Though his singing style was less in demand, he continued to find recording work. By the late 1920s and early 1930s, the music from his early days was considered nostalgic (the modern term would be "oldies") and Murray was in demand again. He did voices for animated cartoons, especially the popular "follow the bouncing ball" sing-along cartoons and the Fleischer Studios character Bimbo. He also did radio work. In 1929, Murray and Walter Scanlon provided the voices for the Fleischer short animation film Finding His Voice, produced by Western Electric.
Murray made his last recordings for Beacon Records on February 11, 1943 with Jewish dialect comedian Monroe Silver. He retired the next year to Freeport, Long Island, New York, because of heart problems. He died at nearby Jones Beach of a heart attack in 1954 at the age of 77. Murray had married three times, the first two ending in divorce. He was survived by his third wife, Madeleine, and is buried in the Cemetery of the Holy Rood in Westbury, New York.
Partial song discography
Murray recorded hundreds of songs: solos, duets, quartets and other musical groupings. This list is confined primarily to songs which also have separate Wikipedia articles:
- Ruhlmann, William. "Billy Murray". Allmusic. Retrieved October 14, 2011.
- US Census, 1880, 24th Ward, District 21, Philadelphia, PA
- "Billy Murray: A Biography". The Official Website of Billy Murray (1877-1954). Phonostalgia. Retrieved October 14, 2011.
- < Video on YouTube
- Video on YouTube
- "The Walter Lantz Cartune Encyclopedia: 1930". The Walter Lantz Cartune Encyclopedia. Retrieved 2011-04-24.
- Barna, Ryan. "BILLY MURRAY'S RADIO PROGRAMS: Walter Scanlon and Marcella Shields". The Official Website of Billy Murray (1877-1954). Phonostalgia. Retrieved October 14, 2011.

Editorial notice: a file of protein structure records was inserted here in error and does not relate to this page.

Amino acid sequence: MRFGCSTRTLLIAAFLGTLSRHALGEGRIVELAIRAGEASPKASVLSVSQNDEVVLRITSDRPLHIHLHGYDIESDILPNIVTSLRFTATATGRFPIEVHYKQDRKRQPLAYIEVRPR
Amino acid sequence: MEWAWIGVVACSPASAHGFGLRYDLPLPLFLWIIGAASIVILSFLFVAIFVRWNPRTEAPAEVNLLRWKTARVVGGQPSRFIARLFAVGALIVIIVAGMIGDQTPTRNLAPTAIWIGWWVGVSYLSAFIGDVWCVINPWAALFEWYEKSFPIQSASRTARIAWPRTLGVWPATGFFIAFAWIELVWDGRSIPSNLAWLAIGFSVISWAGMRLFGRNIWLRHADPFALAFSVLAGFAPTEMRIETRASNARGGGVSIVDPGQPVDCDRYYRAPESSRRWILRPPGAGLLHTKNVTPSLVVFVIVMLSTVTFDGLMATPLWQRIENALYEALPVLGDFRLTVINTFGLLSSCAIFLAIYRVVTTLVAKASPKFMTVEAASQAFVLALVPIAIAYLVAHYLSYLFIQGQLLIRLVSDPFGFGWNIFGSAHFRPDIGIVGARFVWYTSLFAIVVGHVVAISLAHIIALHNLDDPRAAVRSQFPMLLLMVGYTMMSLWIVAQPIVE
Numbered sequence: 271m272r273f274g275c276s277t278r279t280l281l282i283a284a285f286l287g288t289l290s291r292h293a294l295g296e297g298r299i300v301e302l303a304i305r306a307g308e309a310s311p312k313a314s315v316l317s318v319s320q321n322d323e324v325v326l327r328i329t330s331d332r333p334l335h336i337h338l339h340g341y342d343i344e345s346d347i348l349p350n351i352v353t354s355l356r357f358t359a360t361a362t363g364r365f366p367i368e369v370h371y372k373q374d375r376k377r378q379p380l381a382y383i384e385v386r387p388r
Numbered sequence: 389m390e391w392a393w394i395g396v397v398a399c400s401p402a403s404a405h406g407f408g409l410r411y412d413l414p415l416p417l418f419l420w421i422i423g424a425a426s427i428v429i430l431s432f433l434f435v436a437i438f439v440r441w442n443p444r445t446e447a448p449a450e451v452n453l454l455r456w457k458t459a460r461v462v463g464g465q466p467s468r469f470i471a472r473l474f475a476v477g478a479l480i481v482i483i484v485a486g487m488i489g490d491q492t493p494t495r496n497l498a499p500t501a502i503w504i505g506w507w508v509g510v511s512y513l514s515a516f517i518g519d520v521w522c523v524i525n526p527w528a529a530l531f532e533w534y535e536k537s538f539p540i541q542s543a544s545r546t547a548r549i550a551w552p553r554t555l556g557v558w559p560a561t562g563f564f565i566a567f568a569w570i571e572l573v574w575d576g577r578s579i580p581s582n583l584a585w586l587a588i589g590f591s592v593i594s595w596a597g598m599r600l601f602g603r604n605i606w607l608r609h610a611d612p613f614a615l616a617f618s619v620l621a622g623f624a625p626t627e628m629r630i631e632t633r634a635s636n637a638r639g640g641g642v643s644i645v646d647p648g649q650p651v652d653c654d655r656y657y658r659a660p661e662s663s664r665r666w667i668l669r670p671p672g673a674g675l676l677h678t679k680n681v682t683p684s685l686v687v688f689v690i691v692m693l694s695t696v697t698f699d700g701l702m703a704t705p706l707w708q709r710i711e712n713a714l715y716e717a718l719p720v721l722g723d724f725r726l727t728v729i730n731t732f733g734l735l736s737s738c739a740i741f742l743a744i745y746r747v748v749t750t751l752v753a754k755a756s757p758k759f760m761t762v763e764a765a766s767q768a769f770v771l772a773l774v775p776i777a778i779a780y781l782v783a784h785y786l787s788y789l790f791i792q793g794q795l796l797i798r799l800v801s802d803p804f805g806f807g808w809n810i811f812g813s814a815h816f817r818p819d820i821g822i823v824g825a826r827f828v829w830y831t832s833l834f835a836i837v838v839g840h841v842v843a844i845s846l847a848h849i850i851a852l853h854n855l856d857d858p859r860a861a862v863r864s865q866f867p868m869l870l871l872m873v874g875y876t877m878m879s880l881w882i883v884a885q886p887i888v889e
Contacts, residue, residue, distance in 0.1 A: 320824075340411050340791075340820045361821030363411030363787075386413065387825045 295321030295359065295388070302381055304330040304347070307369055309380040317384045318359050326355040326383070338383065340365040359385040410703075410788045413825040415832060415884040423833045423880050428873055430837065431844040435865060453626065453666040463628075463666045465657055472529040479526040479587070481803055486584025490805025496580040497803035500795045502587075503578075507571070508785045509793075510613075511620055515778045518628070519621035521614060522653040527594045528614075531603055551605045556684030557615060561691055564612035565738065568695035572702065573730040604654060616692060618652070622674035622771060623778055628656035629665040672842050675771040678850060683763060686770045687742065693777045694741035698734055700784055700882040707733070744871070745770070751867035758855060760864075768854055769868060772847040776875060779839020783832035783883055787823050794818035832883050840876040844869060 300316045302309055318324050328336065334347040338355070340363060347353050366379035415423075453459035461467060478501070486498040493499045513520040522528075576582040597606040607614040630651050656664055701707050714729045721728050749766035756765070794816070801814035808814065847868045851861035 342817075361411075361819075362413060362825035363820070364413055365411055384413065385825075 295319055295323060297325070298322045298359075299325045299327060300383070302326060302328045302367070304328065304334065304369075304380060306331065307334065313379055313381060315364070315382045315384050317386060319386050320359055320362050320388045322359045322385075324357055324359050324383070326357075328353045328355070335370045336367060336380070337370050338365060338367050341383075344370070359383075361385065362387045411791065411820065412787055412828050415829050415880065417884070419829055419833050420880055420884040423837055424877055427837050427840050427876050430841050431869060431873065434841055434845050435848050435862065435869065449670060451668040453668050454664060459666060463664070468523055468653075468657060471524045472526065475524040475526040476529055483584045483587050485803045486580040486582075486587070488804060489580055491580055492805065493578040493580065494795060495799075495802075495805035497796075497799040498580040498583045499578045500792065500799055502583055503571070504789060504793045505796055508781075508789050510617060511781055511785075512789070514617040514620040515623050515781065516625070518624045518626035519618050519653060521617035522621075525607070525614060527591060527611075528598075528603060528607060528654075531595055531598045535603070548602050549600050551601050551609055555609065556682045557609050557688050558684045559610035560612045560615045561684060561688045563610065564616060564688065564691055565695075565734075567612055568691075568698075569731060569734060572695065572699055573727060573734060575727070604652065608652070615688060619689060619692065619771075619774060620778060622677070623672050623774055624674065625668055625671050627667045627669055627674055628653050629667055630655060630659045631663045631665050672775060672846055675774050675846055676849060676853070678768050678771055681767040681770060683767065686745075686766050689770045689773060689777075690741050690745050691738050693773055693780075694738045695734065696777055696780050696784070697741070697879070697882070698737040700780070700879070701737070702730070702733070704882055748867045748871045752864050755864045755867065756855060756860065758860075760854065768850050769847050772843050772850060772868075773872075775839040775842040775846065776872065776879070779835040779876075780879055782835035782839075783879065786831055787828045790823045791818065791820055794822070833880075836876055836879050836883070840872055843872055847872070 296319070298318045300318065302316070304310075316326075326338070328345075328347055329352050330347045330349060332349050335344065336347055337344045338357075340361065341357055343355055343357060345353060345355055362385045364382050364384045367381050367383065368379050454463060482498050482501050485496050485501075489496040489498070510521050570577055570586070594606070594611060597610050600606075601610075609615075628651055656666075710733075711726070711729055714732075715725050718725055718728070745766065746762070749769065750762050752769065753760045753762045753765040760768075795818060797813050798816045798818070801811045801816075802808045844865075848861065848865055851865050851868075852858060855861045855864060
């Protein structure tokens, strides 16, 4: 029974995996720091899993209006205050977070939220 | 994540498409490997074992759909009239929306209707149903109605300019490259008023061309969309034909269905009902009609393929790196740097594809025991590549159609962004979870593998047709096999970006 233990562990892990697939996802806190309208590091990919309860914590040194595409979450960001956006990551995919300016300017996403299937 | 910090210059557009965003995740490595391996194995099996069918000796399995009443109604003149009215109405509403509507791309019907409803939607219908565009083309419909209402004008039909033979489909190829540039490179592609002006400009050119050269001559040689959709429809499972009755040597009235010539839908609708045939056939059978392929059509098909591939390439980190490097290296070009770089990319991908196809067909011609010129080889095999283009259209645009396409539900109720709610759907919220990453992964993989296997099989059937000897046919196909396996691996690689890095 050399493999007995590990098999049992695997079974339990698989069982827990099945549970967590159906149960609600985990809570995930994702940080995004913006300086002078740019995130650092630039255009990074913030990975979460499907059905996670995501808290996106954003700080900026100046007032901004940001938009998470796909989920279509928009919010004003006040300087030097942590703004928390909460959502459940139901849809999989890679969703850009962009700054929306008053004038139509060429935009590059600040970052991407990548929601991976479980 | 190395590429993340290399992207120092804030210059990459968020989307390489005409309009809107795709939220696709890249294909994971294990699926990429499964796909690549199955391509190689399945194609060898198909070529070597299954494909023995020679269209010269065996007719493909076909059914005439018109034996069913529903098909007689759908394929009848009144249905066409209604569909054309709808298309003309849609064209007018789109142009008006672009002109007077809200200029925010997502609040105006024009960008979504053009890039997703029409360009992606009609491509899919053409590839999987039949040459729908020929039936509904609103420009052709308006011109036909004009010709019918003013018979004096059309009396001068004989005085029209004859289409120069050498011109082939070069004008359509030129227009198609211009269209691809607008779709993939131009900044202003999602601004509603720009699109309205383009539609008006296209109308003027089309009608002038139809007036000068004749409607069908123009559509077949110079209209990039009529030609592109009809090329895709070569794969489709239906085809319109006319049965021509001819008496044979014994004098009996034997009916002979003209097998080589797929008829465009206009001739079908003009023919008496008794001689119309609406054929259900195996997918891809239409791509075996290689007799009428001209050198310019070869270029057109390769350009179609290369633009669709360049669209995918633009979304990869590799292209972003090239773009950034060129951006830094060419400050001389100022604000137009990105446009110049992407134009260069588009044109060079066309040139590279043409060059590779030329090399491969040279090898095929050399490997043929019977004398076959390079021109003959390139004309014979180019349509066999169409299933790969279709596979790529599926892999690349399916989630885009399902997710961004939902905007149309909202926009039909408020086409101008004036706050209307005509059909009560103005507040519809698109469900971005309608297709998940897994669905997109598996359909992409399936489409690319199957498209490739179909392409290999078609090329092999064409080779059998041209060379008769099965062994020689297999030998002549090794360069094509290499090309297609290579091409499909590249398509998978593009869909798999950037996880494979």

- "BILLY MURRAY DISCOGRAPHY: Victor Records (1903-1913)". THE OFFICIAL WEBSITE OF BILLY MURRAY (1877-1954). Retrieved October 7, 2011.
- "The Little Ford Rambled Right Along". Model T Music & Lyrics. fordmodelt.net.
|Wikimedia Commons has media related to Billy Murray.|
- The Official Website of Billy Murray: The Legendary Denver Nightingale
- The Billy Murray Pages: Articles, Photographs and Discographies
- Biography with sound samples
- Billy Murray recording of "The Grand Old Rag" (later retitled "The Grand Old Flag")
- Billy Murray recording of "He'd Have to Get Out and Get Under to Fix up His Automobile"
- Billy Murray cylinder recordings, from the Cylinder Preservation and Digitization Project at the University of California, Santa Barbara Library.
- Discography of Billy Murray on Victor Records from the Encyclopedic Discography of Victor Recordings (EDVR)
- List of best-selling recordings with chart entries
- Billy Murray, Anthology: The Denver Nightingale (Archeophone Records 5501)
- Works by Billy Murray at Project Gutenberg
- Works by or about Billy Murray at Internet Archive
- Billy Murray at the Internet Movie Database
- Billy Murray at Find a Grave